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Saving Historic Buildings, Small Businesses, and the Neighborhood South of Union Square

The seven buildings being considered for landmark designation (top l.) 841 Broadway; (top r.) 840, 836, 832 Broadway; (bottom l.) 832, 830, and 826 Broadway; (bottom r.) 817 Broadway.  None are endangered, and are just the tip of the iceberg of historic buildings in this area that warrant landmark designation.

 

Last week, New York Times architecture critic (and Greenwich Village native) Michael Kimmelman published a piece examining the issues surrounding the proposed landmarking of 828 Broadway, the building in which the Strand Bookstore is located, and the need to preserve small businesses in New York (here). Unlike much of the recent press on this subject, the piece hit the nail on the head in identifying the lack of even-handedness of a city which gives billions in tax breaks to giant corporations, but fails to help struggling small businesses, as well as the fact that the proposal to landmark 828 Broadway and just six other buildings out of nearly two hundred historic buildings in the endangered area south of Union Square runs contrary to what GVSHP and countless residents of these neighborhoods called for as mitigation for the City Council’s approval of an upzoning for the Mayor’s “Tech Hub” on 14th Street, which increases development pressure on this neighborhood.
Historic buildings like the former St. Denis Hotel at Broadway and 11th Street are being demolished to make way for glass office towers due to a lack of landmark protections for this area.

 

But as the piece also indicates, the answer isn’t to not landmark historic buildings like 828 Broadway, especially as landmarking would have a minimal impact upon the operation of the bookstore or any business located inside (landmarking only governs the exterior of buildings, and as the Kimmelman piece pointed out, we have actually found there are often lower rates of retail vacancy in landmarked areas as compared to non-landmarked ones, indicating they help foster a healthy environment for retail). Instead, we need to fight for more ways of supporting and preserving small businesses in our city. And we can’t let the cynical, woefully insufficient and ill-conceived landmarking deal between Councilmember Carlina Rivera and Mayor DeBlasio deter us from our ongoing fight to preserve and protect the neighborhood south of Union Square from ever-increasing development pressure, made worse by their Tech Hub deal, which is leading to the demolition of historic buildings like the former St. Denis Hotel (1853) just down the street from the Strand, to be replaced with a large glass office tower without action by the City.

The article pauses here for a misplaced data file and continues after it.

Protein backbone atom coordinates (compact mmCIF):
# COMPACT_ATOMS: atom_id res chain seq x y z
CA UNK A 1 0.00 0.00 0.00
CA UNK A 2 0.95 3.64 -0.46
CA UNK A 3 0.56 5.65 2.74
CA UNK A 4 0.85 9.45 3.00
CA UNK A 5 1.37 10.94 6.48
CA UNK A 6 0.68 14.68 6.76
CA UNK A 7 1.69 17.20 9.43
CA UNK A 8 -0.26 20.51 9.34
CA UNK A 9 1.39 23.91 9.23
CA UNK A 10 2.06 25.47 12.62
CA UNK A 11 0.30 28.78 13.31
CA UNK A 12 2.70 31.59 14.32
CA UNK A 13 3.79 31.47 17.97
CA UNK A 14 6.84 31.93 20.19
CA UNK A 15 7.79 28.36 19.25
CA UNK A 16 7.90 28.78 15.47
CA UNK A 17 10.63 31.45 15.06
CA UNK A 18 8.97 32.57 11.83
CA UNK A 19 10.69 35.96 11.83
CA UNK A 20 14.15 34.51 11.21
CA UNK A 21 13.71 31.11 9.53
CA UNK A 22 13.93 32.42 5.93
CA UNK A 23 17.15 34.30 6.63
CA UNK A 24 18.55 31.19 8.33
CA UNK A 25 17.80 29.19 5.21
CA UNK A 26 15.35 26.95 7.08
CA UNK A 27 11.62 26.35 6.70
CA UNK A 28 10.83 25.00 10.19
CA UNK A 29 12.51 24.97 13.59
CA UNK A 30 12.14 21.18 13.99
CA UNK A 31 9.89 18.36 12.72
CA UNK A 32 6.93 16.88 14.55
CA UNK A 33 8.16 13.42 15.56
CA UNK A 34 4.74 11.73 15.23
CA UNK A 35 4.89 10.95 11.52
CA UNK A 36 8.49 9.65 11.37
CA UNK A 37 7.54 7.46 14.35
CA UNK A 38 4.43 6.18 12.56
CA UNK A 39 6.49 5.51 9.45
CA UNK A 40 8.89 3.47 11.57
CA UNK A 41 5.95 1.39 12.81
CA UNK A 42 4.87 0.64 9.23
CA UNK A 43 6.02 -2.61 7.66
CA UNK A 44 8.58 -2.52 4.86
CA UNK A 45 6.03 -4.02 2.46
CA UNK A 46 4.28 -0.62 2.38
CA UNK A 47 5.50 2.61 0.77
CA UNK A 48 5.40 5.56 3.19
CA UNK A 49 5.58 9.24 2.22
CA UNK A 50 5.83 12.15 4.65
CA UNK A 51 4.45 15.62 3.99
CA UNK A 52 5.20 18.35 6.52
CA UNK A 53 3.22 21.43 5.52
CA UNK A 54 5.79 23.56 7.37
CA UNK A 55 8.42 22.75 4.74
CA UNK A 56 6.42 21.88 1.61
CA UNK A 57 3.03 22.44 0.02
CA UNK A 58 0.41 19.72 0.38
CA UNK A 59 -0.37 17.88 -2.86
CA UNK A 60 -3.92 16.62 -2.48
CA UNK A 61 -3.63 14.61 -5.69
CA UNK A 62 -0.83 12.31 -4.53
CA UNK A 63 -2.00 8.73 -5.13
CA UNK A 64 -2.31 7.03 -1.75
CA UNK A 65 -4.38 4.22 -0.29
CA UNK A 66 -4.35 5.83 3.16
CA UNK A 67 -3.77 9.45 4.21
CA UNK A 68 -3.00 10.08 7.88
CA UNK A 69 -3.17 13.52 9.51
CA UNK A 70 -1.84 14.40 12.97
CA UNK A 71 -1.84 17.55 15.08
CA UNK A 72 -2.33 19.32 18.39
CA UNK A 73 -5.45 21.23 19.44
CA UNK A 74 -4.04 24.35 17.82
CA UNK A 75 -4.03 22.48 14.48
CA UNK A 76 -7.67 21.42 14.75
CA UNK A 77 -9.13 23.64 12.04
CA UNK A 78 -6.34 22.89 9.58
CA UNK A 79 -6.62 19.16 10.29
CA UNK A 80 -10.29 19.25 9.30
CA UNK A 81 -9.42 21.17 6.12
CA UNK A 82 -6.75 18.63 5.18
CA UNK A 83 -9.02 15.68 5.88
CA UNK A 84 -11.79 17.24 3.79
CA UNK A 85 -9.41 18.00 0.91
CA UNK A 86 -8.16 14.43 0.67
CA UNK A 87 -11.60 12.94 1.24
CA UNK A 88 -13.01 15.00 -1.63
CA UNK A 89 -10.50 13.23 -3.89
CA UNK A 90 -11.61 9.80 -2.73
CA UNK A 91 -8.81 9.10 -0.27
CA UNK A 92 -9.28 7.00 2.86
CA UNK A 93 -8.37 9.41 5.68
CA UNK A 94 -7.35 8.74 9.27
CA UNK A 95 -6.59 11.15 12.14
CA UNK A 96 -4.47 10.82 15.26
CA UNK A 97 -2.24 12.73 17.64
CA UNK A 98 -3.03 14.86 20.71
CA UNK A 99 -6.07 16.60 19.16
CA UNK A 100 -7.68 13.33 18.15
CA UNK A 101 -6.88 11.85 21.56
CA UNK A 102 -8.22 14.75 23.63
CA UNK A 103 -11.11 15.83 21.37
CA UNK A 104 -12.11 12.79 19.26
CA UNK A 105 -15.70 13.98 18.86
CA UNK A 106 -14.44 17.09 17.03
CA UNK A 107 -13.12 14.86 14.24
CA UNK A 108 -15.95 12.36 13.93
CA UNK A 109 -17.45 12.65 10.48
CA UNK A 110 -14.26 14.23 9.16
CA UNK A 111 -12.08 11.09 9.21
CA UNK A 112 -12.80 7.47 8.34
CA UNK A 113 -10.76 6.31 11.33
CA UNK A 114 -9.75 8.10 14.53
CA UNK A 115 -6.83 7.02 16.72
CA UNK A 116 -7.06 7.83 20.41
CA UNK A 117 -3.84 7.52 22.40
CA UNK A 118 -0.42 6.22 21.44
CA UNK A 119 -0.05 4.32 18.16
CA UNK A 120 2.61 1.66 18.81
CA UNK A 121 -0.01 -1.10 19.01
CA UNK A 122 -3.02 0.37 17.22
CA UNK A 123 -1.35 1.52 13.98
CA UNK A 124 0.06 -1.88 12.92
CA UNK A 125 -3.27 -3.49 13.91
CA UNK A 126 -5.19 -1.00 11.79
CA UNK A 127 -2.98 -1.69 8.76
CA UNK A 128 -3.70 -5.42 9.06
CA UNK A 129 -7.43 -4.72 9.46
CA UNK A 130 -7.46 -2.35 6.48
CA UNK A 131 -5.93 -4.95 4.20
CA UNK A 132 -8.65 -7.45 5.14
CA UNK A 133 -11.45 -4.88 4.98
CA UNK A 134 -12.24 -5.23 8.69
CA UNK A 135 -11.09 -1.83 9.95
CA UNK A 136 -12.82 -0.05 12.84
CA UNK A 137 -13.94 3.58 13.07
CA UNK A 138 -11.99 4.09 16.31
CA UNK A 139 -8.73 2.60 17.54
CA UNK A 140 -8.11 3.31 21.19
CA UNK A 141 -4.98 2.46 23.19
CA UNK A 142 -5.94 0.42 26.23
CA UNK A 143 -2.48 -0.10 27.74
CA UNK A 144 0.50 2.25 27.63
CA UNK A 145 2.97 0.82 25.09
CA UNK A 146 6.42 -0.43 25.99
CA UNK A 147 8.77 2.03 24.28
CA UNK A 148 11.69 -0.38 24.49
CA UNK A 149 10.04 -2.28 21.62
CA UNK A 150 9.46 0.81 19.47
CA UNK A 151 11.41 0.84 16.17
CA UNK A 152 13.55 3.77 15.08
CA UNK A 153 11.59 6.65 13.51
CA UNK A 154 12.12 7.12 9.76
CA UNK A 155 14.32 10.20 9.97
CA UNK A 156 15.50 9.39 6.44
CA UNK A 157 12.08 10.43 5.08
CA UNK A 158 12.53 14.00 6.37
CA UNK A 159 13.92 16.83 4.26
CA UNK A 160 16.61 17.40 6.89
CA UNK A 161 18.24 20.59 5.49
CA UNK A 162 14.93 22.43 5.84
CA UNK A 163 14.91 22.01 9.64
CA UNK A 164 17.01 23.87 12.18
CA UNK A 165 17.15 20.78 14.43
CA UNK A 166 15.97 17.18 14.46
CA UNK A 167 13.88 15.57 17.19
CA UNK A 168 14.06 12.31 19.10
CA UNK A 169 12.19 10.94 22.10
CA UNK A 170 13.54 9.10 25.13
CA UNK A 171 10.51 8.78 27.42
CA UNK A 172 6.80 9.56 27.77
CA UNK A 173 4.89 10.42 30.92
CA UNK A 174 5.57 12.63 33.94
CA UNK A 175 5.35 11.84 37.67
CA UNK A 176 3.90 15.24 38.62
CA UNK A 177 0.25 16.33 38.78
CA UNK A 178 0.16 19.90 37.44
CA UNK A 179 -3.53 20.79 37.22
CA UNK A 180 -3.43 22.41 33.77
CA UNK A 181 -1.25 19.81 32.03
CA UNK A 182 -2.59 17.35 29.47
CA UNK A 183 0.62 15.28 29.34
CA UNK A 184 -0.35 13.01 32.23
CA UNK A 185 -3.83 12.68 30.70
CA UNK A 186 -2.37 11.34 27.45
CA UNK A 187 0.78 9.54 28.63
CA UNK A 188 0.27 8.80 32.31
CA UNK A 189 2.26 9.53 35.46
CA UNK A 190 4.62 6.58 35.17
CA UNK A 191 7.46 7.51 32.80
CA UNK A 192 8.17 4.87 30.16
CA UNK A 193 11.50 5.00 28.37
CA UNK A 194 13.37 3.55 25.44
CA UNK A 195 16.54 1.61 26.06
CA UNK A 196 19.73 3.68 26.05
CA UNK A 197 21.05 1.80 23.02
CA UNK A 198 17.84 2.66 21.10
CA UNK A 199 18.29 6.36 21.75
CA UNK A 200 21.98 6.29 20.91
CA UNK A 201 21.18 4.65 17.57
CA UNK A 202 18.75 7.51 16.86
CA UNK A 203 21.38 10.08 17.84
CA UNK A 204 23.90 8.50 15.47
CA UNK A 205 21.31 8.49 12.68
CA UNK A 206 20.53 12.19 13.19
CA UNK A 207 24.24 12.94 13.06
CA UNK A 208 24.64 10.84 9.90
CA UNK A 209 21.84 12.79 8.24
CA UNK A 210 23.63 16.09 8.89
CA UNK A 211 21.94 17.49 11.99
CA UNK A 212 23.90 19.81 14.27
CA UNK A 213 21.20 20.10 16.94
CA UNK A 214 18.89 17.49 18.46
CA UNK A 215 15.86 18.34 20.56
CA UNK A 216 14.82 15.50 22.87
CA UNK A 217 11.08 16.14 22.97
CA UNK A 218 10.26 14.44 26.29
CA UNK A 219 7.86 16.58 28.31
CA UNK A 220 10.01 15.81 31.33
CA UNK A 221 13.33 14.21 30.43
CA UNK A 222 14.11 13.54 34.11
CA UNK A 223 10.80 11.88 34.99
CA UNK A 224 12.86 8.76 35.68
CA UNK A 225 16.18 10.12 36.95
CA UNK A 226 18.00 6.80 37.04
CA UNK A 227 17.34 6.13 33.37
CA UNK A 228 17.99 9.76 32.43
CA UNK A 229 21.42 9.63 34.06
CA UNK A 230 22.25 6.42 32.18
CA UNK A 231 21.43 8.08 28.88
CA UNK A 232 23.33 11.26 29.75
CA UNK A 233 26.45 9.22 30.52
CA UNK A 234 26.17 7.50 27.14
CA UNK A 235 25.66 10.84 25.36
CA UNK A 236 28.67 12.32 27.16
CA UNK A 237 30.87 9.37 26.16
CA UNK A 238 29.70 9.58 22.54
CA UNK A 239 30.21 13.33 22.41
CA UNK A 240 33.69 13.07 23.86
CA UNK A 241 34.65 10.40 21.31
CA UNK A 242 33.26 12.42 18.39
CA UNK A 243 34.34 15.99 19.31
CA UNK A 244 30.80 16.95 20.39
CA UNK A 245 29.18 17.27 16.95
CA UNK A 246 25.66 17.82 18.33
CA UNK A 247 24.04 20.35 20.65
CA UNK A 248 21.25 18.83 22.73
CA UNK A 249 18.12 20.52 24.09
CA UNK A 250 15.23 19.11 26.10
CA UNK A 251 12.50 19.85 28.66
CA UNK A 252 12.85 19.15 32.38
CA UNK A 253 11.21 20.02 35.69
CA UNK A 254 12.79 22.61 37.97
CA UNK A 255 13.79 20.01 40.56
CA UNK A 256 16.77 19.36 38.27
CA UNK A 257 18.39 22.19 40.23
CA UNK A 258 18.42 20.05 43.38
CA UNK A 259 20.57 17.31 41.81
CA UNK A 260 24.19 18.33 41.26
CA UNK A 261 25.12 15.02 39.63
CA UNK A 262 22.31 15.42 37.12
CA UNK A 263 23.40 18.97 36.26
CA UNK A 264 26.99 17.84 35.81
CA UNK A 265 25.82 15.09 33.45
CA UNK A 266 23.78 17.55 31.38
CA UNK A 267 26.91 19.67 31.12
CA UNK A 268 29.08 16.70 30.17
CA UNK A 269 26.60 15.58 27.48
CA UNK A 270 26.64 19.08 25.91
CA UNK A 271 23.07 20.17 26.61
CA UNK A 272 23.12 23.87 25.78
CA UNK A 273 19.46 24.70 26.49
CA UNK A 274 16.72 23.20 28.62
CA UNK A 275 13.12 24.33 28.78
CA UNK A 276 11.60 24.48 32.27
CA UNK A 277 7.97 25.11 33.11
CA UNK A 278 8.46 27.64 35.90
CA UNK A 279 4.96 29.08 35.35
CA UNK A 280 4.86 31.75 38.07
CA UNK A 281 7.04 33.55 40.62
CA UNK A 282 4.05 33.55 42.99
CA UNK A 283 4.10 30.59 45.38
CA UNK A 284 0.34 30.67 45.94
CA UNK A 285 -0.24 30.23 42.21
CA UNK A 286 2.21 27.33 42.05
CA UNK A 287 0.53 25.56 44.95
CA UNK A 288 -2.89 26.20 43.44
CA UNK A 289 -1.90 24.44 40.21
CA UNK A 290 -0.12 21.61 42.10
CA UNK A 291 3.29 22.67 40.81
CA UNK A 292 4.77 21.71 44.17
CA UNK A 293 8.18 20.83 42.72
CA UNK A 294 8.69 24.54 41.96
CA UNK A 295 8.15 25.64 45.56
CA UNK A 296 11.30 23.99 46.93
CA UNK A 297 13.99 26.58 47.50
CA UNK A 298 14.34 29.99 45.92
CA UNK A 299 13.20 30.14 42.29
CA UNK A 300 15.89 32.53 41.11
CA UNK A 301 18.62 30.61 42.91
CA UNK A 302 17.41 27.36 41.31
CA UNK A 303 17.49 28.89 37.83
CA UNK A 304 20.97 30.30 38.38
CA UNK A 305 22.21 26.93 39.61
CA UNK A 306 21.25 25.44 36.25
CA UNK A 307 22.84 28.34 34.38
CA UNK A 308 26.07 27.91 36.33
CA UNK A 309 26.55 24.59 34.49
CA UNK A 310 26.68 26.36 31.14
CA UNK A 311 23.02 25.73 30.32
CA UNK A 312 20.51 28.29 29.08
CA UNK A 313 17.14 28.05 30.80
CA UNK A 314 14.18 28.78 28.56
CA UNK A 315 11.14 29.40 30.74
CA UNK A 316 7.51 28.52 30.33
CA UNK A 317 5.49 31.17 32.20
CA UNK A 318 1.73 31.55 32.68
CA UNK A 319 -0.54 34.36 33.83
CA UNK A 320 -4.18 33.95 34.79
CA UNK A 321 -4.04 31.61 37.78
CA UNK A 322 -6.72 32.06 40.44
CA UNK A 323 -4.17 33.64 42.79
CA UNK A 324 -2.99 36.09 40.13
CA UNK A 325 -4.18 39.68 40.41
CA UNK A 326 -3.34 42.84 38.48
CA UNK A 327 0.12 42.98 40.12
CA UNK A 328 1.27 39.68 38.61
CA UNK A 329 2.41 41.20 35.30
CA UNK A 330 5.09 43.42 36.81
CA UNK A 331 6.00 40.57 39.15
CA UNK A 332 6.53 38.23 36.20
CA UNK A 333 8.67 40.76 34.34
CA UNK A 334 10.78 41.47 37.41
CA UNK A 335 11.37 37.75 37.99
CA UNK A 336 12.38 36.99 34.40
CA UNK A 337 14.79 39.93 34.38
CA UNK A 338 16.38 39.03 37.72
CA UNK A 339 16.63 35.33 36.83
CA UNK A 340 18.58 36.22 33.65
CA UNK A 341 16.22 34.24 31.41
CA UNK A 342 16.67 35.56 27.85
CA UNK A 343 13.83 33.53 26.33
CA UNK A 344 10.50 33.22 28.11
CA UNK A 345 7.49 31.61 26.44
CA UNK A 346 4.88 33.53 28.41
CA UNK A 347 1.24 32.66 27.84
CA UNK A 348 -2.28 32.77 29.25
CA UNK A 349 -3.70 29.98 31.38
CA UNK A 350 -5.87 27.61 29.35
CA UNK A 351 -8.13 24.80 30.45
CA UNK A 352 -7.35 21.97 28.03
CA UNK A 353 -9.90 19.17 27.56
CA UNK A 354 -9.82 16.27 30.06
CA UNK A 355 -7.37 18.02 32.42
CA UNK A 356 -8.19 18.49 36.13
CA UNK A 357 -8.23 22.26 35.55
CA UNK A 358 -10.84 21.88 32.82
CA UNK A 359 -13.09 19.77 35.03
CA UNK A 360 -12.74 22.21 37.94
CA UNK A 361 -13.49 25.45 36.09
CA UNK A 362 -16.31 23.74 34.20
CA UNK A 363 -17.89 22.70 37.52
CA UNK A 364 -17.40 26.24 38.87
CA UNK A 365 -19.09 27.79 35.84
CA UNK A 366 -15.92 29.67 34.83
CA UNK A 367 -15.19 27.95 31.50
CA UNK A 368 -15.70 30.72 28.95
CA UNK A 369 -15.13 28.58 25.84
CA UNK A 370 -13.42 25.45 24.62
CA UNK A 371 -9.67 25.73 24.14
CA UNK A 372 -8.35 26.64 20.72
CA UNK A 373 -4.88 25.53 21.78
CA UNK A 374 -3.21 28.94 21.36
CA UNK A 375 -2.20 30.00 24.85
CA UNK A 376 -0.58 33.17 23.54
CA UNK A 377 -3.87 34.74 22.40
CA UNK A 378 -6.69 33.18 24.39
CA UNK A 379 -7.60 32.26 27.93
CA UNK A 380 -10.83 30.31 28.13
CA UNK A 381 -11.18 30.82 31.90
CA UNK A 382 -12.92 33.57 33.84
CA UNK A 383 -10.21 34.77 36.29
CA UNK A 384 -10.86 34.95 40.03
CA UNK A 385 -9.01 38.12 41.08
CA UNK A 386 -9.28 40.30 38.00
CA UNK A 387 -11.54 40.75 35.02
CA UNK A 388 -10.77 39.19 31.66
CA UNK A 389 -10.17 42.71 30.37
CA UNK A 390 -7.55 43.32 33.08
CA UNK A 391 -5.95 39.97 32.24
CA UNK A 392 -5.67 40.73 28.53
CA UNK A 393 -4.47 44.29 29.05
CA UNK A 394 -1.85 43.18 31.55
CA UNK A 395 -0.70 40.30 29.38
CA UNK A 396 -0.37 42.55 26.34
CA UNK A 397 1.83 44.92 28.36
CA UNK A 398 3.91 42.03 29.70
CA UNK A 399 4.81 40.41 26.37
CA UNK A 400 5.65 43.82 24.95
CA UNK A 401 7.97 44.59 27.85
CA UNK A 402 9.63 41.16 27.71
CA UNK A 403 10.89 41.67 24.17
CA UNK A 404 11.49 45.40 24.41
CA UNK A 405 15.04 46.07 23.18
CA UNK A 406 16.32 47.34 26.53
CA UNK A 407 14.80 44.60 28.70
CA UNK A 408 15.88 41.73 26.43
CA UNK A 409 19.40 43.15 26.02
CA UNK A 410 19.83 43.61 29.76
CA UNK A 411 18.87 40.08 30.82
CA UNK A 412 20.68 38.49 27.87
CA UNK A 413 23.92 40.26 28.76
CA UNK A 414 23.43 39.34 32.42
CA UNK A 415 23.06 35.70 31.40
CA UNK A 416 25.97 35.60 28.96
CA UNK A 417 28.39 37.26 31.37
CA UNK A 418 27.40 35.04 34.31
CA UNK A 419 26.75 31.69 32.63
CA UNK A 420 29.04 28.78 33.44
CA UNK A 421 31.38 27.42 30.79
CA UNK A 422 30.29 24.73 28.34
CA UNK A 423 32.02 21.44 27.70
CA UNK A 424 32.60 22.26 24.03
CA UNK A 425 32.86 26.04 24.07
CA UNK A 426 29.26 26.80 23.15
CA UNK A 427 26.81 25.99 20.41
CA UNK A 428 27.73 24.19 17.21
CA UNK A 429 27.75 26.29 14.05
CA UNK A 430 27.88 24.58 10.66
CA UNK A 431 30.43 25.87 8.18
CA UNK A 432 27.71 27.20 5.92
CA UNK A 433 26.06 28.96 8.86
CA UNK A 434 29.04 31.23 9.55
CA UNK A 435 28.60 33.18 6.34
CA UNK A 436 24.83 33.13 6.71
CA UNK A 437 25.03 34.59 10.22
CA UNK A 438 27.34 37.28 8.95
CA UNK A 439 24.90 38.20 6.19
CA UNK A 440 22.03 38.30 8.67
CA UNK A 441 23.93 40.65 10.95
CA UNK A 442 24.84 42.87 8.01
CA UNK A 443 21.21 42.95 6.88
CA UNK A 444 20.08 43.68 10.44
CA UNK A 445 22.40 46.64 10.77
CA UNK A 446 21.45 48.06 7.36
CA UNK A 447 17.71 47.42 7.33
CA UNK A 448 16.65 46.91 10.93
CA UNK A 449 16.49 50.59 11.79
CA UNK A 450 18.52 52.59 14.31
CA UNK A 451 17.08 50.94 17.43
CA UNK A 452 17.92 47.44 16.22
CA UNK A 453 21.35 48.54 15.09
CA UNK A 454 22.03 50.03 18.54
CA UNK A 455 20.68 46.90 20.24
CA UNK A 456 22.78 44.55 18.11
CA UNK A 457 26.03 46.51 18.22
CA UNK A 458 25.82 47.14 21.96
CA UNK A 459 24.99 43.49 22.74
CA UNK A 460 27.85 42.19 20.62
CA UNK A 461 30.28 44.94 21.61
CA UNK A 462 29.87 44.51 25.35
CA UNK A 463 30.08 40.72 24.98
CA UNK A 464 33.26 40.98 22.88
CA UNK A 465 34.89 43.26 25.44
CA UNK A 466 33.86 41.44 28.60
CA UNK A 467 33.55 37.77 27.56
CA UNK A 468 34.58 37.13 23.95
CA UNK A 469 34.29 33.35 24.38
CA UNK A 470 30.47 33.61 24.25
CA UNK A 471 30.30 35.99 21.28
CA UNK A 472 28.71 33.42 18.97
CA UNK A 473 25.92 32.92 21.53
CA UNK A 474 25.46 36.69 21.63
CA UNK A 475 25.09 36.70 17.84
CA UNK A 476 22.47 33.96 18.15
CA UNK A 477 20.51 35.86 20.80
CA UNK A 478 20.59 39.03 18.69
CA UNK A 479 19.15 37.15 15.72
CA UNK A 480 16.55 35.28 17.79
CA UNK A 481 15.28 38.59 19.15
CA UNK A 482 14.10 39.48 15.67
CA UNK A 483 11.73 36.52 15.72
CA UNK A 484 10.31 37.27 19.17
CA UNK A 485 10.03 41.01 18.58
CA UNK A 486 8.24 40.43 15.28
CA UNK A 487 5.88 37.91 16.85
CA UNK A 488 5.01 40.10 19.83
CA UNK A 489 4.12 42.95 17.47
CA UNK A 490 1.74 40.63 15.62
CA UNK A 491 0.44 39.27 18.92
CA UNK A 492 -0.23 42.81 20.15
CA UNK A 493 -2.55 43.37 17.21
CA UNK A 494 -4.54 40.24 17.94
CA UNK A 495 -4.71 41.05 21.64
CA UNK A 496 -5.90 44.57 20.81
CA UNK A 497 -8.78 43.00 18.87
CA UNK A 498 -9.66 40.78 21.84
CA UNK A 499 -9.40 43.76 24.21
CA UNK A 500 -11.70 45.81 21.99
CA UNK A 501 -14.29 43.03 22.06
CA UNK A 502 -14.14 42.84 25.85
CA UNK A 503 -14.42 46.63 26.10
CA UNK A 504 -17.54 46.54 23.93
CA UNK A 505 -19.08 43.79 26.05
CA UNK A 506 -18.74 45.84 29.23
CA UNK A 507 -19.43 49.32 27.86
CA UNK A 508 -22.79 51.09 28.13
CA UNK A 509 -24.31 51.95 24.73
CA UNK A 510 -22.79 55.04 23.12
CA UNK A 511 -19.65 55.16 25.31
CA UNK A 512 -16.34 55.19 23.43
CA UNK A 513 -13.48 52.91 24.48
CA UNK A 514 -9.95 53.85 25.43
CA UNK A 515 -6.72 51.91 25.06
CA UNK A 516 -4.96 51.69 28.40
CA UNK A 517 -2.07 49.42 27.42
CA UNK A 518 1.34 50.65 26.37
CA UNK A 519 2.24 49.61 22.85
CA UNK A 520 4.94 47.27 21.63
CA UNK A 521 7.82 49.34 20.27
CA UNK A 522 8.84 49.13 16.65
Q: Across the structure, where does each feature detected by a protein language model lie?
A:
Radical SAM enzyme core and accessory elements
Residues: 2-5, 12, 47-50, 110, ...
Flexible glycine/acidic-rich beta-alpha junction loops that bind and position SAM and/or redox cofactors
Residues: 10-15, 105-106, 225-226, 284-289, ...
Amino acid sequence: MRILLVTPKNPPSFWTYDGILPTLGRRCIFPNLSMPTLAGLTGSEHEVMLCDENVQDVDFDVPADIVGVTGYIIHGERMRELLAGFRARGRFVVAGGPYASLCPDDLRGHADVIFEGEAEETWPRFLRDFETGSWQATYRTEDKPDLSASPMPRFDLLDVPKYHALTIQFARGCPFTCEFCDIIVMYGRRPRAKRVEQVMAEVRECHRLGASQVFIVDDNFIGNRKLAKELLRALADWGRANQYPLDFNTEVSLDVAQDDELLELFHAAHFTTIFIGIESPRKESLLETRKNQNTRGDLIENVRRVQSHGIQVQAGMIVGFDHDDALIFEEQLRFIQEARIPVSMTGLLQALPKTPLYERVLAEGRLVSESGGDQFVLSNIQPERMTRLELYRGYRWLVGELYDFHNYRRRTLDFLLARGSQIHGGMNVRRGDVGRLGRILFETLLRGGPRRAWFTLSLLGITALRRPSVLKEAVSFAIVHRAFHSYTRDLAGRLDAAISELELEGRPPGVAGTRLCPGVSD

We’re continuing the fight – here’s how you can too:

 

 

GVSHP is calling for landmark protections for much of this area, not just the seven buildings currently being considered.
 

 

 
 

 

 
 
 
 

 

 

 

Previous: 12/11/18


 




Home : Advocacy : University Place-Broadway Rezoning/Bowlmor Tower : Latest News : 2/4/19

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